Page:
Like Guéhenno, Blinken recognized that “if we are going to actually win, in a sustained fashion, the fight against violent extremism, it will not be through combat alone.” CVE policies must reach “the classroom,” “houses of worship,” “social media,” “community center,” “sites of culture heritage” and “the sports field.” “In many environments where the risk of violent extremism is high,” Blinken went on to explain, “development has failed to take root, governance is weak, access to education limited, and unemployment common.” Addressing these issues, Blinken explained, will help to “reduce the vulnerabilities of local communities.” 

Unlike Blinken, however, Guéhenno urged governments to narrow their CVE agendas by treating development issues separately from CVE. The “root causes” of violent extremism, according to Guéhenno, should be addressed “whether related to extremism or not.” By “re-hatting” as CVE those activities pertaining to a government’s obligations to its citizens, such as education, health care, or employment, policy will likely be “pushed in the wrong direction.”

De-radicalization and early action 

On November 9, 2015, the Brookings Project on U.S. Relations with the Islamic World invited a panel of experts on violent extremism to discuss unconventional approaches to CVE. The panel focused primarily on early interventions and de-radicalization programs in the United States and Europe. Lorenzo Vidino, director of George Washington University’s Program on Extremism, began by comparing CVE approaches in the United States to those in Europe. According to Vidino, the United States is shifting its focus towards “building trust-based dialogue with communities,” but unlike Europe, lacks programs that deal with extremists or potential extremists one-on-one.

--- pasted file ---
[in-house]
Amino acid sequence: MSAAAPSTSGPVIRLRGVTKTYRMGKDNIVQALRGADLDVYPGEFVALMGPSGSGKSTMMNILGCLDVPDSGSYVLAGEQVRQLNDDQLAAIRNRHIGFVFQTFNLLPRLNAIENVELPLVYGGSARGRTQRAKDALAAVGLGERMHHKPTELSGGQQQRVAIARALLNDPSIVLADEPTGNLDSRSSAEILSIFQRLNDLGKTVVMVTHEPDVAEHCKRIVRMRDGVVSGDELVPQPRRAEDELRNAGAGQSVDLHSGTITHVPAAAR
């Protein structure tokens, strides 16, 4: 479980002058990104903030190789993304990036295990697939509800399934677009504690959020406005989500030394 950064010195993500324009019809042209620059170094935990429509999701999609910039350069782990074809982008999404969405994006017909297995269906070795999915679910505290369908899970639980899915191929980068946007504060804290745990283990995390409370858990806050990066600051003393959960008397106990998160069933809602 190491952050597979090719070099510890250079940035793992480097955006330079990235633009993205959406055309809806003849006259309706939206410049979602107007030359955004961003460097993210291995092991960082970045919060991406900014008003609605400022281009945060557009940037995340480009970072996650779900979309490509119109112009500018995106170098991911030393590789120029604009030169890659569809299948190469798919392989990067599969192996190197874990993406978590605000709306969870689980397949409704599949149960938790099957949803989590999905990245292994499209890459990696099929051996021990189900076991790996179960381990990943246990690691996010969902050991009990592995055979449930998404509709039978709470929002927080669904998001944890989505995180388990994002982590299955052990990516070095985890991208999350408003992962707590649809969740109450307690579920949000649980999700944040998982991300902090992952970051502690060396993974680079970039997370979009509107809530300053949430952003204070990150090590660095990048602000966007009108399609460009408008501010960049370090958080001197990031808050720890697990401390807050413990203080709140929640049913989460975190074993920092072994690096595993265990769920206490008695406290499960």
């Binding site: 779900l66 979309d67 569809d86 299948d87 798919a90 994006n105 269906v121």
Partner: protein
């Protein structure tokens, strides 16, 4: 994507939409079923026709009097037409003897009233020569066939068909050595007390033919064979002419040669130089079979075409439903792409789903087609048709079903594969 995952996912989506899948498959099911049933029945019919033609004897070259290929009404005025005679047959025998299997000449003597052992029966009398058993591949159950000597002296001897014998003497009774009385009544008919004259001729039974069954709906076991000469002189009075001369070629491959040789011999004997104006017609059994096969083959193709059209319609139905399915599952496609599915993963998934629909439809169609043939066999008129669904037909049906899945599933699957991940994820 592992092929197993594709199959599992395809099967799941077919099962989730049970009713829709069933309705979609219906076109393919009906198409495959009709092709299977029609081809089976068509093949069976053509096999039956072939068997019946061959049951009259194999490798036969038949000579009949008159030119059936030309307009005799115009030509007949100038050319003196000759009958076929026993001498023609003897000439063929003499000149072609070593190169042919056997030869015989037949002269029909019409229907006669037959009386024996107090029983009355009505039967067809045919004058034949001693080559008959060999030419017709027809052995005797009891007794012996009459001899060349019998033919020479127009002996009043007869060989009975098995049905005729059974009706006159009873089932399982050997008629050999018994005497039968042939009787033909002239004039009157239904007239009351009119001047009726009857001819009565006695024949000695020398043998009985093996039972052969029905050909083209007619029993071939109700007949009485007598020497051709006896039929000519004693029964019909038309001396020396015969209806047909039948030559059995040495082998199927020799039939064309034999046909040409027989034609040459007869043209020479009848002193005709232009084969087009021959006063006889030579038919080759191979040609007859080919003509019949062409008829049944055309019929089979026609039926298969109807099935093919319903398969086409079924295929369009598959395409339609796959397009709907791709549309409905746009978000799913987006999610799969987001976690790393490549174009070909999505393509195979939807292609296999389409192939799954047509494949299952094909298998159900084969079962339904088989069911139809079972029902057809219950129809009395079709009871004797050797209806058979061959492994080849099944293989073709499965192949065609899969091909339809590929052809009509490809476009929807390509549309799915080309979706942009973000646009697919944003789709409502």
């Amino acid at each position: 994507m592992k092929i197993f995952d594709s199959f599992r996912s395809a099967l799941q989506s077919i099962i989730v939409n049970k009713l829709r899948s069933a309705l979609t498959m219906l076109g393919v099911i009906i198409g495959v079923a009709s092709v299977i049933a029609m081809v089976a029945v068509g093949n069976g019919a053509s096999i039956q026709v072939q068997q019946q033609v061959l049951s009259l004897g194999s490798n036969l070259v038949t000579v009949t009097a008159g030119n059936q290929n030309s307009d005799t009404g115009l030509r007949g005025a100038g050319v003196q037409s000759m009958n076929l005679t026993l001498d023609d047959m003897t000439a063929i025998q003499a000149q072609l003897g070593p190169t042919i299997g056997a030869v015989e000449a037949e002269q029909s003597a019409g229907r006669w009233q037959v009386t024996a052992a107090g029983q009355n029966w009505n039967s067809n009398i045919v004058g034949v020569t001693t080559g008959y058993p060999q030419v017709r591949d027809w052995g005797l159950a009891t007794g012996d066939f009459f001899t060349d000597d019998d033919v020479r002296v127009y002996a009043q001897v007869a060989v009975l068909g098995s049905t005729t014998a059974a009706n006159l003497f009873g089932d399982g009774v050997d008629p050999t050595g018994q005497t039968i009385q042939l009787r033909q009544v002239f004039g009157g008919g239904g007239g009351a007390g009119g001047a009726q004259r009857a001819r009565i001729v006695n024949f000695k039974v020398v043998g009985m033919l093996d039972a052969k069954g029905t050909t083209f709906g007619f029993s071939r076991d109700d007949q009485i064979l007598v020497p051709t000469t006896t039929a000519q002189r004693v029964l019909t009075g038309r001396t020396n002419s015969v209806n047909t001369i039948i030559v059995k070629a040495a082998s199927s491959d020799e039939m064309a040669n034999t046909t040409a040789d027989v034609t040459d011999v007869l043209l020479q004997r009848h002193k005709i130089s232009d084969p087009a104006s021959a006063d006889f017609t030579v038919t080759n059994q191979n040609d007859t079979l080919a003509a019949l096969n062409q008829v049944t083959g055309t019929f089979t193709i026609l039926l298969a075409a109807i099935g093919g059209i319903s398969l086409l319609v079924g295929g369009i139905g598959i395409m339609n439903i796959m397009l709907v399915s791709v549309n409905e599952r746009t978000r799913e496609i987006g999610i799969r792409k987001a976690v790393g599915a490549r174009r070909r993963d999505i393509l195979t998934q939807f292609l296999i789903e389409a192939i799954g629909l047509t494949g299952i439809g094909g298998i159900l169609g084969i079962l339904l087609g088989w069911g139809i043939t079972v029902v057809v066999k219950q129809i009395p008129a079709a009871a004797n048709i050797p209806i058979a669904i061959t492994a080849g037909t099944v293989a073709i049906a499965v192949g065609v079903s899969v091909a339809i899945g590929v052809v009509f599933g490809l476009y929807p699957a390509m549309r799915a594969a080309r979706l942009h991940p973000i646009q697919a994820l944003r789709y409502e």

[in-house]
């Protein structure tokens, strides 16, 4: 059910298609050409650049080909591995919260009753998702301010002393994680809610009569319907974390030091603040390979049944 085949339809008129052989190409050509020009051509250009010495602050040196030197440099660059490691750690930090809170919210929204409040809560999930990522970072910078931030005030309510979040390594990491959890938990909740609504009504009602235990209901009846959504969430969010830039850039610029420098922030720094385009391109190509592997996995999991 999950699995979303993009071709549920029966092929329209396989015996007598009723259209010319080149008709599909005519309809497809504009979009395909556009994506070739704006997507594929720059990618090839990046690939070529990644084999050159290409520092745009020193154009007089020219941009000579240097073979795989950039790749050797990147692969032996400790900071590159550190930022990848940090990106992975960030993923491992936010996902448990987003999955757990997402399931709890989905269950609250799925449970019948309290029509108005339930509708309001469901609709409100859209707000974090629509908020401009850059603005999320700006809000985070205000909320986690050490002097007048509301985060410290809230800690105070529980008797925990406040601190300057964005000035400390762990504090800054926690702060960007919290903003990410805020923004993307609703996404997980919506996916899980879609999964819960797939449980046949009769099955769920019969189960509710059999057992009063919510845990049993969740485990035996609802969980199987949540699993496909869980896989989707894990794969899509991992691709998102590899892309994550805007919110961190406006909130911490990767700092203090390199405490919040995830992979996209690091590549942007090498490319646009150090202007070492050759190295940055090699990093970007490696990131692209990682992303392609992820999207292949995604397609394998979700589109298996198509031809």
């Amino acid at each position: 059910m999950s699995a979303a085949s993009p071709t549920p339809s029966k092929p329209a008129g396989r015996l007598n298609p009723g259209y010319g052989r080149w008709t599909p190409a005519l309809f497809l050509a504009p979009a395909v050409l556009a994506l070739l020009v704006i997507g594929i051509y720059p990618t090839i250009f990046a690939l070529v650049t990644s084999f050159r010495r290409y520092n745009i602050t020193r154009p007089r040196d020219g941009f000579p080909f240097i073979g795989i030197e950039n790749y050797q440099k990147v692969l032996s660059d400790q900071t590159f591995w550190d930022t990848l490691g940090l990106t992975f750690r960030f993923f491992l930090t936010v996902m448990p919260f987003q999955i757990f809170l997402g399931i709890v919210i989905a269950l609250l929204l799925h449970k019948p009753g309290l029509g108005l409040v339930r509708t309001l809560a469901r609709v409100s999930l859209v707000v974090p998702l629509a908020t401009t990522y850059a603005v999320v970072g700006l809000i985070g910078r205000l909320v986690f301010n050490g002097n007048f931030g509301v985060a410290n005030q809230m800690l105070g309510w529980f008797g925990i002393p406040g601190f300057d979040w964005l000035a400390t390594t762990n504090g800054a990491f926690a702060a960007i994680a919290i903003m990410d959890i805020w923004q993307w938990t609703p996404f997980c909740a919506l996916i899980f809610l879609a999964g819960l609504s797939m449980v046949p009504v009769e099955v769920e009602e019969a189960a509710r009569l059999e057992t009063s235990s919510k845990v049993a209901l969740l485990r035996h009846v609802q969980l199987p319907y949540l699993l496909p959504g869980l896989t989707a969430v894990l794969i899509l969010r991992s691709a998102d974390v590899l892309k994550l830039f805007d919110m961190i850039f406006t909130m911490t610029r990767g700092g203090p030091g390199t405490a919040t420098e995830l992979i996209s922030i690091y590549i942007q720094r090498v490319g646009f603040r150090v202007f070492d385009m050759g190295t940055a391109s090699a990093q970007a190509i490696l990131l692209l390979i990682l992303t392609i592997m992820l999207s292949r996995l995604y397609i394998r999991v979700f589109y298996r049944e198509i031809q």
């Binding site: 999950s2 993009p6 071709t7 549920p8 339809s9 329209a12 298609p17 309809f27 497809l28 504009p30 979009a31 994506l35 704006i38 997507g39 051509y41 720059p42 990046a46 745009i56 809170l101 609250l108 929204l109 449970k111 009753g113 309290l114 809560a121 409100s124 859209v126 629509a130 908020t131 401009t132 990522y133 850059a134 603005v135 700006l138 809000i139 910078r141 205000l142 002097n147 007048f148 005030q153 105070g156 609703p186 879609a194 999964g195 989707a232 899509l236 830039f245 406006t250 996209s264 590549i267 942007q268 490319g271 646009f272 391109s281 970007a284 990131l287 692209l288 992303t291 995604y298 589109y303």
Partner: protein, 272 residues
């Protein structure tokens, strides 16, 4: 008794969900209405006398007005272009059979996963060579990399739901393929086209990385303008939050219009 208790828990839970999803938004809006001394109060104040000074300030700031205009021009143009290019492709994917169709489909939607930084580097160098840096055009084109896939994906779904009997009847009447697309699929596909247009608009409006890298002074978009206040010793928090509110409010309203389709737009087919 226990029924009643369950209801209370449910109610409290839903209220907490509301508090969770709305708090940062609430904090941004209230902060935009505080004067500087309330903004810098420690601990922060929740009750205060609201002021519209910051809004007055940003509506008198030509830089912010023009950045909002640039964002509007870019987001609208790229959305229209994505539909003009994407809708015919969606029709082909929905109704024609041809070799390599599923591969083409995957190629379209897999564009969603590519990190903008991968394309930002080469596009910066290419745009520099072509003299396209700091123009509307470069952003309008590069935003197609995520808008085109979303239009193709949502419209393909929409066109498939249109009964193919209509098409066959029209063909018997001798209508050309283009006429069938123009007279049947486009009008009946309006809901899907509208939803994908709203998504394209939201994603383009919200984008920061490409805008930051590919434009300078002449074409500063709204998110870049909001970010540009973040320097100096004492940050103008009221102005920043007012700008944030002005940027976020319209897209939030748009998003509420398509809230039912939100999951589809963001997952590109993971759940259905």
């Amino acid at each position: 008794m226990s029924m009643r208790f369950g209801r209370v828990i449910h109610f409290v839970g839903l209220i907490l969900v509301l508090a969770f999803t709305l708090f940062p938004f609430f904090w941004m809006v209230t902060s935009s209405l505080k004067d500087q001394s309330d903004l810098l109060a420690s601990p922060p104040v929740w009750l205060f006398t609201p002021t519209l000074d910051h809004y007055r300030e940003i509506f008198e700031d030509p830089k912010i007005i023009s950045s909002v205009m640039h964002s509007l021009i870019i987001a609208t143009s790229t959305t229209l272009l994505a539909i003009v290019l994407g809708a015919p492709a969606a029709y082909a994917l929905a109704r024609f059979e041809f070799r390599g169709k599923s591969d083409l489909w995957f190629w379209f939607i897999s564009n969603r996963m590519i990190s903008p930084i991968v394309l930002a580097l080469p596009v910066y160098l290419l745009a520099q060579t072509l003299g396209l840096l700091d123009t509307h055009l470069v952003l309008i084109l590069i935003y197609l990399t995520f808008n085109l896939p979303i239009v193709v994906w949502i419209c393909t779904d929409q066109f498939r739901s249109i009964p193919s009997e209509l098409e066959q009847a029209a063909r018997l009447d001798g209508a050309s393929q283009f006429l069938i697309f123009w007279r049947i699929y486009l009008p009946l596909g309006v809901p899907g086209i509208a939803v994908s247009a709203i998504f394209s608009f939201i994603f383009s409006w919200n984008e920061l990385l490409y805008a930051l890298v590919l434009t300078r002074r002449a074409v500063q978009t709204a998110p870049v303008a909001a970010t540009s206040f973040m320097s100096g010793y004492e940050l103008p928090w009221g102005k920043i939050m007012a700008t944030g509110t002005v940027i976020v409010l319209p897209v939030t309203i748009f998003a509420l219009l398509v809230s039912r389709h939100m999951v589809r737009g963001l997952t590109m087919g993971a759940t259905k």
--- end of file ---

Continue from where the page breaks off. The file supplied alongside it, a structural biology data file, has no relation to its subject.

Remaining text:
Daniel Koehler, a fellow at the Program on Extremism, spoke from his experience working with extremists in Germany. He strongly advocated for early intervention programs for individuals and communities at risk of engaging in violent extremism. Early intervention tools, Koehler explained, are mainly social tools, including “family counseling, specialized trainings for teachers, police officers, and community leaders.” Such programs, Koehler suggested, are vital to a comprehensive CVE strategy.

Policymakers, Guéhenno urged, should think carefully about what they label CVE to avoid further destabilizing already vulnerable communities.

Rashad Ali, a senior fellow at the Institute for Strategic Dialogue, spoke about his experience working with prison inmates, law enforcement, and local communities in the United Kingdom to implement de-radicalization and rehabilitation programs for those at risk of becoming radicalized. This approach to CVE is one that Blinken advocated in his February speech at Brookings. An important part of the U.S. State Department’s CVE strategy, Blinken explained, involves preventing radicalization in prisons by offering counseling and vocational training, and working with former foreign fighters to ensure that they are properly rehabilitated and reintegrated back into society.

Ali described the challenges and ethical questions that must be considered when implementing de-radicalization and rehabilitation programs. How, for example, are we to determine when someone is or is becoming radicalized? How do we measure the effectiveness of de-radicalization programs? Guéhenno posed similar questions during his talk, warning about the danger of CVE policies when we have no way of defining what an “extremist” is. The ambiguity of the word “extremist,” Guéhenno explained, leaves room for governments to misuse and abuse the term to further their own political agendas. Policymakers, Guéhenno urged, should think carefully about what they label CVE to avoid further destabilizing already vulnerable communities.